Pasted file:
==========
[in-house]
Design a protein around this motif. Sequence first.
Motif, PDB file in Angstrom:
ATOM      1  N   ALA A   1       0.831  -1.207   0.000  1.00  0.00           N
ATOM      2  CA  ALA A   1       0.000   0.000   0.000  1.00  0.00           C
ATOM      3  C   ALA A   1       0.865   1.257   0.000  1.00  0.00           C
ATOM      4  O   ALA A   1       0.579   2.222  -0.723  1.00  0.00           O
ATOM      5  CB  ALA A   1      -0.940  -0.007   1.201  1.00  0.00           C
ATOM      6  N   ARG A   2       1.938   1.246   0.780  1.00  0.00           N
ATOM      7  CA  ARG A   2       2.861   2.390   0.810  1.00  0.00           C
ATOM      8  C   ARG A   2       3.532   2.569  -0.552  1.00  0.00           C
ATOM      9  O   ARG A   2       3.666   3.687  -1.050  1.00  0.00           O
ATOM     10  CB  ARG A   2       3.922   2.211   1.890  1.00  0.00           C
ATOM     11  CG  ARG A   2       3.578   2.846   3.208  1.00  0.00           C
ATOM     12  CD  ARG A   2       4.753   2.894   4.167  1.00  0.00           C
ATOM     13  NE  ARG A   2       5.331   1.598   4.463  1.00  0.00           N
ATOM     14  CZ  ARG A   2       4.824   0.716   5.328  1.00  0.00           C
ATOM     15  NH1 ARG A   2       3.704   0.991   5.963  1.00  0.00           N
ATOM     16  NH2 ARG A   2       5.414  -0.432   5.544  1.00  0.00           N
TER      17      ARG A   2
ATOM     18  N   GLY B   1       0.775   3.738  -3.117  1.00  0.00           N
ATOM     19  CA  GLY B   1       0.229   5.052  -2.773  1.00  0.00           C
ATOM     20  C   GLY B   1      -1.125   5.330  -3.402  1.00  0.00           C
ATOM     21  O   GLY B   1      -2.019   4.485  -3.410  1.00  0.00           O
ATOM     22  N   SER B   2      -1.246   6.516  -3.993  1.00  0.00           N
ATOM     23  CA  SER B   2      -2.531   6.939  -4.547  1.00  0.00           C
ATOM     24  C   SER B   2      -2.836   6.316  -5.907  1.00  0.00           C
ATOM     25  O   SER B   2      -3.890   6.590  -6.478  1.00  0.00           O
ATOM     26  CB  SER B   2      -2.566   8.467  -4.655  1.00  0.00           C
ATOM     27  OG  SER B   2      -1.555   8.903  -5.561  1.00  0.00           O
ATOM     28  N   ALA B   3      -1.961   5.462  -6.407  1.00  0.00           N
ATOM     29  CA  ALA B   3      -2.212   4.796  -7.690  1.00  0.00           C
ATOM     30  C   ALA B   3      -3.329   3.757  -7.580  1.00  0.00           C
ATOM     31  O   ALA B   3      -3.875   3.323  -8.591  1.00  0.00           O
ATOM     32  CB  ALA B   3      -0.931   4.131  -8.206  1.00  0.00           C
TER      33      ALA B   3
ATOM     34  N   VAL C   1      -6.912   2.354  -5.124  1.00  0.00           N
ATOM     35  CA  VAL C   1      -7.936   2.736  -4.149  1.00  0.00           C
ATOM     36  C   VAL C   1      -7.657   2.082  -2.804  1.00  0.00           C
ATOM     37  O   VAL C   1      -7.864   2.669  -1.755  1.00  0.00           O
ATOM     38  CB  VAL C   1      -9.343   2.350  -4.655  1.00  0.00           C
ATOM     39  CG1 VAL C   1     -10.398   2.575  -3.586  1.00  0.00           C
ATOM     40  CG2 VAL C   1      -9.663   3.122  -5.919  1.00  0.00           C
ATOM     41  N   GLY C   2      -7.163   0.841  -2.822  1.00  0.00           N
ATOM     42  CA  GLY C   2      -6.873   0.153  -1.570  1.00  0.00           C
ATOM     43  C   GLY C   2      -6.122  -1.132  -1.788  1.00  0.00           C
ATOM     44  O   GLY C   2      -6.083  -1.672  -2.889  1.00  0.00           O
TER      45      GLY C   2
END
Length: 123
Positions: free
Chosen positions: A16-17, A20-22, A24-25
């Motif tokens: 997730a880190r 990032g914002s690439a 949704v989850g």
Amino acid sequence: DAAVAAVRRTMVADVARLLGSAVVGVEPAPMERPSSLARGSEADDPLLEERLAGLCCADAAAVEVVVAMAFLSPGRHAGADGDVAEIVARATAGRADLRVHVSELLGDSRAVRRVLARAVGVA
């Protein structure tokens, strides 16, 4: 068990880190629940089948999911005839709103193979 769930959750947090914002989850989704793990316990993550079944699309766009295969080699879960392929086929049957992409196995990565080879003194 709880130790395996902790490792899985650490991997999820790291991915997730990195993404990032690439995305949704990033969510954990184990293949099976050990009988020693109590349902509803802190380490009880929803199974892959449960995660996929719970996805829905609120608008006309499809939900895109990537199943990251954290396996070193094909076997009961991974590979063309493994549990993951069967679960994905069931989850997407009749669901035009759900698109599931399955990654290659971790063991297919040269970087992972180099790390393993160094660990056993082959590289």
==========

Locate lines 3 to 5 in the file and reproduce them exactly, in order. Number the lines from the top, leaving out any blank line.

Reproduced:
Motif, PDB file in Angstrom:
ATOM      1  N   ALA A   1       0.831  -1.207   0.000  1.00  0.00           N
ATOM      2  CA  ALA A   1       0.000   0.000   0.000  1.00  0.00           C